Several years before classic TV specials such as A Charlie Brown Christmas and It's the Great Pumpkin, Charlie Brown secured the place of Charles Schulz's beloved Peanuts characters in the hearts of millions of Americans, Charlie Brown and his friends came to life to sell cars. In 1959, Ford Motor Company secured licensing rights to the Peanuts for use in a series of color TV commercials for its cars and the intros for Ford-sponsored The Tennessee Ernie Ford Show. The first spots appeared in January 1960 and marked the first time that Schulz's creation had been animated. Here's one of those early show intros: While that show left the air in June 1961, the Peanuts' association with Ford was just getting started. The gang's most high-profile (and memorable assignment) was to he
Some time in 1954, Life magazine photographer Yale Joel ventured to an unknown destination. His assignment was to photograph a group of brand new cars -- 1955 Ford and Mercury models, to be precise. I don't know how many of these pictures ended up in the magazine, as I've been unable to find any associated article in the Google Books archive, but some of these are real stunners. I wasn't sure at first if these were actually 1954 models, but the dead giveaway was the distinctive look of the '55 Ford Fairlane. That stainless steel Fairlane stripe on the side was what tipped me off, as the Fairlane debuted in model year 1955 (replacing the Crestline). Also present -- as far as I can tell -- are the Mercury Montclair and Monterey, as well as a Ford station wagon. Owing to the fact th...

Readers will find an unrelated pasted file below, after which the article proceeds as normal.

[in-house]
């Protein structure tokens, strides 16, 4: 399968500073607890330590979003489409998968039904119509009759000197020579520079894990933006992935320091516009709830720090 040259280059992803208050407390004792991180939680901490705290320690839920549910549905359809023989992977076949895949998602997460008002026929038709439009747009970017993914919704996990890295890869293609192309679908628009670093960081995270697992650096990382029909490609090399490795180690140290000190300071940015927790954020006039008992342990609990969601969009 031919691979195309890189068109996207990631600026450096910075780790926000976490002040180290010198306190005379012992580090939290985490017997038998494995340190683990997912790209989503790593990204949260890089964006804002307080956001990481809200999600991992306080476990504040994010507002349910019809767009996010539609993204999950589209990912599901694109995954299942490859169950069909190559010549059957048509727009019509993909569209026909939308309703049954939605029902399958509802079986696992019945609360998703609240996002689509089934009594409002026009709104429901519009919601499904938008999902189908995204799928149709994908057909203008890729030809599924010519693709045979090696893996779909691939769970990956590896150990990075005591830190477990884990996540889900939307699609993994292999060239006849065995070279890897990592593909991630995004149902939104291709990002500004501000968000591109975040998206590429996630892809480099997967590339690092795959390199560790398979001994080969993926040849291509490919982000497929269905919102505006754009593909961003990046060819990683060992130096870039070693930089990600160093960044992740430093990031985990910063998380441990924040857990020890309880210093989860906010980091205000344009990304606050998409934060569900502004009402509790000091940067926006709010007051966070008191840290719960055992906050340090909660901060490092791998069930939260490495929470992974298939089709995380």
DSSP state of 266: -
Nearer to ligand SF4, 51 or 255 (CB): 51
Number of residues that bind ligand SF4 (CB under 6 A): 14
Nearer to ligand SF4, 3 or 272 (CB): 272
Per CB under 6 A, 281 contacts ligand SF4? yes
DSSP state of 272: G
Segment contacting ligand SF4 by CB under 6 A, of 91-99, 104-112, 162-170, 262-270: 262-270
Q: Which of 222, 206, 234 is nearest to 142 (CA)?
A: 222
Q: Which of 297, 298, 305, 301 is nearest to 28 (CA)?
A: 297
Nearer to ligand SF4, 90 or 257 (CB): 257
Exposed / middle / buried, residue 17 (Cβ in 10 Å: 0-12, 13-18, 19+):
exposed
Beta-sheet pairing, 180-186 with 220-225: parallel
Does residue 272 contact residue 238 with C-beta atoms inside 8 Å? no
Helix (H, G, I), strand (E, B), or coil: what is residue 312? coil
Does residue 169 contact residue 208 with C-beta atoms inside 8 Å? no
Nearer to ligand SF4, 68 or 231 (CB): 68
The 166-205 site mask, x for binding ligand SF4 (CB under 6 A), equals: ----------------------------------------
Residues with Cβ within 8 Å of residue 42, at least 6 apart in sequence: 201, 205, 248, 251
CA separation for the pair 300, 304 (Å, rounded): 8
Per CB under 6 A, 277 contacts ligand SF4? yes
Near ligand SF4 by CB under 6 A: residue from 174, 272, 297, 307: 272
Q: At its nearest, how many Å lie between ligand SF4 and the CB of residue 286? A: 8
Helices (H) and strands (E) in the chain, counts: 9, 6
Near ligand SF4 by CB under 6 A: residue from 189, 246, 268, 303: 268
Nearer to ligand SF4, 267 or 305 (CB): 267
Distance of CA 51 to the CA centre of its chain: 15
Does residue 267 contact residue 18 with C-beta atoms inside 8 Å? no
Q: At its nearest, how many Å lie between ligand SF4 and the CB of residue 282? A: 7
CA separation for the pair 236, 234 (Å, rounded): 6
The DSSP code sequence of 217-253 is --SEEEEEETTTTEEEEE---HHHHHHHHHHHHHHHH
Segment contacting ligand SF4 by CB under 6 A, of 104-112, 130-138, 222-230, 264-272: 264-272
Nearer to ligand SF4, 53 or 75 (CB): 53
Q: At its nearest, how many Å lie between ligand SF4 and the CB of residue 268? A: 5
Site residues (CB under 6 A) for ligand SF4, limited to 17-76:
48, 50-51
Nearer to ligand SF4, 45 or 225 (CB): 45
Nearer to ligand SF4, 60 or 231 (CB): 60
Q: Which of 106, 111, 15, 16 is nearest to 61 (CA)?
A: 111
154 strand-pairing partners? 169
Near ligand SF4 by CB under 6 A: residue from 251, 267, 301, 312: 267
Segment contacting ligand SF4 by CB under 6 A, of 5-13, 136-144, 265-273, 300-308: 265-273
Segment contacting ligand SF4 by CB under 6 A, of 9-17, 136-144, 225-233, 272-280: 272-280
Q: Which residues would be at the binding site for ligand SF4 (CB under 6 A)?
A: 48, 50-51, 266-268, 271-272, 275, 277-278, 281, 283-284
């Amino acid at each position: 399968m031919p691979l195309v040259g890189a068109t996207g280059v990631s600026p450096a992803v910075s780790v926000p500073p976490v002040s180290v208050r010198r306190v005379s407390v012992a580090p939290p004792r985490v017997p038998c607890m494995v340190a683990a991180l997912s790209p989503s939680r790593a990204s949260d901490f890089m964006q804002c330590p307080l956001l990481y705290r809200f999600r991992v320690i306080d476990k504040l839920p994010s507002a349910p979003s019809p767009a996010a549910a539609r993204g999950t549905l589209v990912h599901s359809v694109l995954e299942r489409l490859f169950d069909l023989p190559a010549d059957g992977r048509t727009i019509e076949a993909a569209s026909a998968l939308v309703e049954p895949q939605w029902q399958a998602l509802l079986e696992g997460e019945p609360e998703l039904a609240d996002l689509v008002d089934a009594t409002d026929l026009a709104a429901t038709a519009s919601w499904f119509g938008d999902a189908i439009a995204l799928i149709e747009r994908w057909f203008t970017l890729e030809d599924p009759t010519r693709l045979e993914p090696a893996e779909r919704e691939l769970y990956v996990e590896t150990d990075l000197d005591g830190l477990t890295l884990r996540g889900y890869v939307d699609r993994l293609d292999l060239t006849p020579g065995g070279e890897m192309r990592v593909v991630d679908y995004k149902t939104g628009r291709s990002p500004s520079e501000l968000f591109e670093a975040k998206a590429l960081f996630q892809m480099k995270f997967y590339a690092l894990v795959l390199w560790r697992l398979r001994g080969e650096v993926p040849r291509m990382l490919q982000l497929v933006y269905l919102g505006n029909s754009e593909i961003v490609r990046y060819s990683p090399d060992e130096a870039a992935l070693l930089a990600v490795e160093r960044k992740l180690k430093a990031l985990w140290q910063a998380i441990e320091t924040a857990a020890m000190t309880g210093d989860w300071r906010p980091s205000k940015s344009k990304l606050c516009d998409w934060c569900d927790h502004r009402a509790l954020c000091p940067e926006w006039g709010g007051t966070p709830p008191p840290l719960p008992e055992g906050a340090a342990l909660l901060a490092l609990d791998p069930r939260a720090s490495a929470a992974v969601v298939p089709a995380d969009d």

Print advertisements, brochures, and TV commercials help give us a glimpse into the automotive past. Today’s ad collection shines a spotlight on the 1960 Ford Motor Company domestic American car lineup, which featured four main models — the brand-new, compact Falcon, full-size Fairlane and Galaxie, and the second-generation, luxury Thunderbird -- as well as the usual assortment of wagons and trucks. 1960 was a fairly significant year for Ford in terms of change. On the consumer front, the recently introduced Galaxie was completely remodeled, while the Falcon made its debut. The Falcon represented Ford's entry into the compact car market, and its development was spearheaded by company president Robert S. McNamara -- who in 1961 became United States Secretary of Defense under Presiden
I've never been a big car guy. Sure, I love to go to car shows and look at all the chrome, fins, and white walls, but I couldn't tell you the difference between a flathead V8 and a glass of V8 if my life depended on it. But I do know this much -- I love the 1949 Ford full-size car and have for years. When it was introduced it gave Ford the shot in the arm they so desperately needed, and that freshness of design is still evident more than 60 years later. One of these days I'm going to own a '49 Ford, but until then I'll just have to gaze lovingly at these classic advertisements. (To see other car lineup advertisement galleries, click here. Got a request for other years and makes? Let me know in the Comments section.) (more…)